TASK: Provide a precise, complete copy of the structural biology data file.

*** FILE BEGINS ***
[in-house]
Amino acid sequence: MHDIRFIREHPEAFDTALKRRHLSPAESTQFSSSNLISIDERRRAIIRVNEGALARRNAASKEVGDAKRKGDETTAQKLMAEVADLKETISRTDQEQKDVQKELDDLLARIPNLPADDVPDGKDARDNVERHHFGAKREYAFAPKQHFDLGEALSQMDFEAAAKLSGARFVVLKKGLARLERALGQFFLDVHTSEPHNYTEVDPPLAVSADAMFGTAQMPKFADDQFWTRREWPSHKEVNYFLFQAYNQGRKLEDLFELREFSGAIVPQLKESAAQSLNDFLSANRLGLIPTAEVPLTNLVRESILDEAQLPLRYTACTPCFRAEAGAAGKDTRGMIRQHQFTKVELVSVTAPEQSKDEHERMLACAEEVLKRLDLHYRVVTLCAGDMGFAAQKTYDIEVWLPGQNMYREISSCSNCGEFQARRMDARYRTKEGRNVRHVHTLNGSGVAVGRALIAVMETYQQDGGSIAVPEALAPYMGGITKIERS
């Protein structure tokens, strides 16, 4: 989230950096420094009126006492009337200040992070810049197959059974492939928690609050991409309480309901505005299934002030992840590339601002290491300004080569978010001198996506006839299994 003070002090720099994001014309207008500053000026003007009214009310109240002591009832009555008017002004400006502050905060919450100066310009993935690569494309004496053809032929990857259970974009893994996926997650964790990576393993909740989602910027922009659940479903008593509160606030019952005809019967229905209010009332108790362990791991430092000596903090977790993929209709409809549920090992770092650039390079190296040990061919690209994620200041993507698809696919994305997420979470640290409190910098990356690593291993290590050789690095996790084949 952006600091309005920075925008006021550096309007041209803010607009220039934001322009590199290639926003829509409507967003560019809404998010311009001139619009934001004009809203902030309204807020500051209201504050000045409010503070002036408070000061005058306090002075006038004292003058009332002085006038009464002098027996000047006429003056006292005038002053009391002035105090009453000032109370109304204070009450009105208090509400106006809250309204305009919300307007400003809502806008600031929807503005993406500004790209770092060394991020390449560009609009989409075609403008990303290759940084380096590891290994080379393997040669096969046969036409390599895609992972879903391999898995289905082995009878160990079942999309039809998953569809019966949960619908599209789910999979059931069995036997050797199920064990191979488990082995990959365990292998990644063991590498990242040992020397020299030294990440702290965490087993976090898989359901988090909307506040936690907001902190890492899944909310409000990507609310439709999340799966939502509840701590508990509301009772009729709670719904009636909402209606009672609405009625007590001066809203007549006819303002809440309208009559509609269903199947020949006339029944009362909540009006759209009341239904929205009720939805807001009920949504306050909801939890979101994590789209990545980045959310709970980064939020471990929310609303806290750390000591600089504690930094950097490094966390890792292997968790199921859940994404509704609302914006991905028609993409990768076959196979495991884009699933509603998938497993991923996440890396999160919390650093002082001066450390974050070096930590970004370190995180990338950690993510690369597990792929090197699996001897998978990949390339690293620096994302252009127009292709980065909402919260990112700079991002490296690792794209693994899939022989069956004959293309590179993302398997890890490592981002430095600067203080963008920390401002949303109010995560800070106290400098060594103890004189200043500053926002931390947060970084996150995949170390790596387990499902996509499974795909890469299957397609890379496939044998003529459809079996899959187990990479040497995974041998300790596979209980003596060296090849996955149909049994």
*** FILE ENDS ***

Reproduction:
[in-house]
Amino acid sequence: MHDIRFIREHPEAFDTALKRRHLSPAESTQFSSSNLISIDERRRAIIRVNEGALARRNAASKEVGDAKRKGDETTAQKLMAEVADLKETISRTDQEQKDVQKELDDLLARIPNLPADDVPDGKDARDNVERHHFGAKREYAFAPKQHFDLGEALSQMDFEAAAKLSGARFVVLKKGLARLERALGQFFLDVHTSEPHNYTEVDPPLAVSADAMFGTAQMPKFADDQFWTRREWPSHKEVNYFLFQAYNQGRKLEDLFELREFSGAIVPQLKESAAQSLNDFLSANRLGLIPTAEVPLTNLVRESILDEAQLPLRYTACTPCFRAEAGAAGKDTRGMIRQHQFTKVELVSVTAPEQSKDEHERMLACAEEVLKRLDLHYRVVTLCAGDMGFAAQKTYDIEVWLPGQNMYREISSCSNCGEFQARRMDARYRTKEGRNVRHVHTLNGSGVAVGRALIAVMETYQQDGGSIAVPEALAPYMGGITKIERS
């Protein structure tokens, strides 16, 4: 989230950096420094009126006492009337200040992070810049197959059974492939928690609050991409309480309901505005299934002030992840590339601002290491300004080569978010001198996506006839299994 003070002090720099994001014309207008500053000026003007009214009310109240002591009832009555008017002004400006502050905060919450100066310009993935690569494309004496053809032929990857259970974009893994996926997650964790990576393993909740989602910027922009659940479903008593509160606030019952005809019967229905209010009332108790362990791991430092000596903090977790993929209709409809549920090992770092650039390079190296040990061919690209994620200041993507698809696919994305997420979470640290409190910098990356690593291993290590050789690095996790084949 952006600091309005920075925008006021550096309007041209803010607009220039934001322009590199290639926003829509409507967003560019809404998010311009001139619009934001004009809203902030309204807020500051209201504050000045409010503070002036408070000061005058306090002075006038004292003058009332002085006038009464002098027996000047006429003056006292005038002053009391002035105090009453000032109370109304204070009450009105208090509400106006809250309204305009919300307007400003809502806008600031929807503005993406500004790209770092060394991020390449560009609009989409075609403008990303290759940084380096590891290994080379393997040669096969046969036409390599895609992972879903391999898995289905082995009878160990079942999309039809998953569809019966949960619908599209789910999979059931069995036997050797199920064990191979488990082995990959365990292998990644063991590498990242040992020397020299030294990440702290965490087993976090898989359901988090909307506040936690907001902190890492899944909310409000990507609310439709999340799966939502509840701590508990509301009772009729709670719904009636909402209606009672609405009625007590001066809203007549006819303002809440309208009559509609269903199947020949006339029944009362909540009006759209009341239904929205009720939805807001009920949504306050909801939890979101994590789209990545980045959310709970980064939020471990929310609303806290750390000591600089504690930094950097490094966390890792292997968790199921859940994404509704609302914006991905028609993409990768076959196979495991884009699933509603998938497993991923996440890396999160919390650093002082001066450390974050070096930590970004370190995180990338950690993510690369597990792929090197699996001897998978990949390339690293620096994302252009127009292709980065909402919260990112700079991002490296690792794209693994899939022989069956004959293309590179993302398997890890490592981002430095600067203080963008920390401002949303109010995560800070106290400098060594103890004189200043500053926002931390947060970084996150995949170390790596387990499902996509499974795909890469299957397609890379496939044998003529459809079996899959187990990479040497995974041998300790596979209980003596060296090849996955149909049994």